Week Ending Friday, October 26, 2007

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Author: George W. Bush  | Date: October 22, 2007

Remarks in a Meeting With President Nambaryn Enkhbayar of Mongolia,
October 22, 2007

President Bush. Mr. President, thank you very much. Welcome. Thank you.

Mr. President, thank you very much for joining us. Today we’re going to sign an important agreement between the United States and our friend Mongolia. Before we sign the agreement, which is to codify a Millennium Challenge compact, I do want to say a couple of things.

First, Laura and I loved our trip to your country. It was most interesting. I still vividly remember the fierce-looking warrior on horseback. And I was reminded of how thankful I am I’ve never met him on a battlefield. [Laughter] I remember the skill of the horsemen. I remember the warm hospitality. I remember the yak’s milk. [Laughter] And I remember your gracious and kind words there. And I want to thank you again, sir, and the people of your wonderful country for such warm hospitality for Laura and me.

I also want to thank you very much for your strong support in the war against radicals and extremists. After our Nation was attacked on September the 11th by coldblooded murderers, you and your country stood in solidarity with the American people. And since then you have been a stalwart in helping defeat extremists by helping young democracies survive and thrive. And I want to thank you and the Mongolian people for supporting the young democracies in Iraq and Afghanistan. It’s been hard work, but we’re making progress. And I know it’s been hard for some in your society to see the benefits of free societies emerging, but I appreciate your vision, and I want to thank your troops. The Mongolian troops are well-trained, well-disciplined, and are a great credit to your country.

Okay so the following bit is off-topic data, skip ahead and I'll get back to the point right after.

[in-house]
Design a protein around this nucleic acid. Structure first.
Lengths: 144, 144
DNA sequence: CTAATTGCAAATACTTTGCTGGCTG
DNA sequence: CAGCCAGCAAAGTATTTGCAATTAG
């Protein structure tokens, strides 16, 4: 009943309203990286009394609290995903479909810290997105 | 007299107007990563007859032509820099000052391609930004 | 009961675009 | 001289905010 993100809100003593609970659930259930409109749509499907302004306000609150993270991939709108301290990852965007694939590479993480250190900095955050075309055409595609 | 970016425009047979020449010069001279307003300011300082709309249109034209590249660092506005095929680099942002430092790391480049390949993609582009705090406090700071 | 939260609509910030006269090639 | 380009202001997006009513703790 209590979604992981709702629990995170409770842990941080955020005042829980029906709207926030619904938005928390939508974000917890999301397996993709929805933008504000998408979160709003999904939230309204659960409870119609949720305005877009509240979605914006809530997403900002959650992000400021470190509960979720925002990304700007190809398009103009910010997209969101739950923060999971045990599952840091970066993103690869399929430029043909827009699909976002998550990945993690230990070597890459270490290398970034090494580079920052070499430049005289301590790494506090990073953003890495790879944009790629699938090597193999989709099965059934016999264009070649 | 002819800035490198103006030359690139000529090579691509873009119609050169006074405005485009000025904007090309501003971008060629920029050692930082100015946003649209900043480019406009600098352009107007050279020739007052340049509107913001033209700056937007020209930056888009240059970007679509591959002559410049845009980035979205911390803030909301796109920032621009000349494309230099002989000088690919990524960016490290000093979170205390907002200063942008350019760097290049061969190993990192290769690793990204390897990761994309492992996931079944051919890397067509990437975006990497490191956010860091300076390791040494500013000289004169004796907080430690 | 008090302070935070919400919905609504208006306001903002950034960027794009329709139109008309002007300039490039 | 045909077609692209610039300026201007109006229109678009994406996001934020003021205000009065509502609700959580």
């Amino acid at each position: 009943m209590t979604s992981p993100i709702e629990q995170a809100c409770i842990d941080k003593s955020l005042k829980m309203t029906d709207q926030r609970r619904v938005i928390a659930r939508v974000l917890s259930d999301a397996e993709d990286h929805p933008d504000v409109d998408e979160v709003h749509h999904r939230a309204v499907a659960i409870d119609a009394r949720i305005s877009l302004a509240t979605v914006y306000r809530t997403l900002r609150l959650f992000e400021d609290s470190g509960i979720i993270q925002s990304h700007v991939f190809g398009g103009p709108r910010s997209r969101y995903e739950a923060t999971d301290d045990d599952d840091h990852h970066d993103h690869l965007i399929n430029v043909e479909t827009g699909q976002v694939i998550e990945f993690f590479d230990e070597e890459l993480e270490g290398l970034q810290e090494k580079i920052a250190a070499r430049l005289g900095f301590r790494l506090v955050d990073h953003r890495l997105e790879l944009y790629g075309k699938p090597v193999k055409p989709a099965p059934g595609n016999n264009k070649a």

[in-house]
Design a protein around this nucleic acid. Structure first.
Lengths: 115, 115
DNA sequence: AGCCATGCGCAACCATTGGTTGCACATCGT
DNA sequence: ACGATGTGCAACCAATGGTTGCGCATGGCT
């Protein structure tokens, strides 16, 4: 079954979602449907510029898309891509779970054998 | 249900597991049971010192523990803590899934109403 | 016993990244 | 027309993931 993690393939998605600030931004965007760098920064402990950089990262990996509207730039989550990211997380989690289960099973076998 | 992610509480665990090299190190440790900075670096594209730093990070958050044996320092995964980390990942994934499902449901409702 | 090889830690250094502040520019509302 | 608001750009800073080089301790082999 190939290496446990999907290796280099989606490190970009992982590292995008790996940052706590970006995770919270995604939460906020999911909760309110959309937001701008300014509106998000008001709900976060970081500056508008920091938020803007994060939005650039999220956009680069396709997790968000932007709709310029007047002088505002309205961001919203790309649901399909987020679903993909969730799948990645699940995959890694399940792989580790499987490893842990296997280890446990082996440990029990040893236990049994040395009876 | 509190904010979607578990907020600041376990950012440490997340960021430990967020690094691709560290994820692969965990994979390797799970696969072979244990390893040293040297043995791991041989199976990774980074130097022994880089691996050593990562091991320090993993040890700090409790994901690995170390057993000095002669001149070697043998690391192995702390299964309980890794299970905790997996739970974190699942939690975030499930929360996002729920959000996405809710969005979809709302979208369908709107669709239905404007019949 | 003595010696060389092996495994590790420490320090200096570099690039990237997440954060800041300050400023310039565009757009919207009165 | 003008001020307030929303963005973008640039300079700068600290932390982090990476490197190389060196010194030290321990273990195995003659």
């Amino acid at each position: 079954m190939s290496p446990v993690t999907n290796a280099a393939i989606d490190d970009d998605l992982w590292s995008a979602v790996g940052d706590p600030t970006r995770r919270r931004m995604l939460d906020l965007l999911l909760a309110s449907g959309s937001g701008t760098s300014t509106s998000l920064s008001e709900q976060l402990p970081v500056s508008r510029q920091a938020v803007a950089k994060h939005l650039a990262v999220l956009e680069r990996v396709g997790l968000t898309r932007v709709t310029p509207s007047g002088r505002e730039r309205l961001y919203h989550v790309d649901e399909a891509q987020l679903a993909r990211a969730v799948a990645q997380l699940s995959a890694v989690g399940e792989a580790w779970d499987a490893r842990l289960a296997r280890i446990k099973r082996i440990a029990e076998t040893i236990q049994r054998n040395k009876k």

The Millennium Challenge Account is an important part of our foreign policy. It’s an opportunity for the United States and our taxpayers to help countries that fight corruption, that support market-based economies, and that invest in the health and education of their people.

The Millennium Challenge compact encourages countries to make a firm commitment to basic principles, principles that mean the government will listen to their people and respond to the needs of the people. And today, Mr. President, we honor the success of your country and the commitment of your Government to basic principles. That’s what we’re doing. We hope that the $285 million will help you modernize your railroad and infrastructures, all aiming to make sure that the market economy you put in place inures to the benefit of your people.

Congress must understand how important this program is for U.S. foreign policy. The Millennium Challenge Account has been effective. It’s been effective across the world. It will be effective in Mongolia. And when the United States Congress considers full funding for the Millennium Challenge Account, they must think about countries such as Mongolia and the long-term benefits that this program will mean for a solid friend.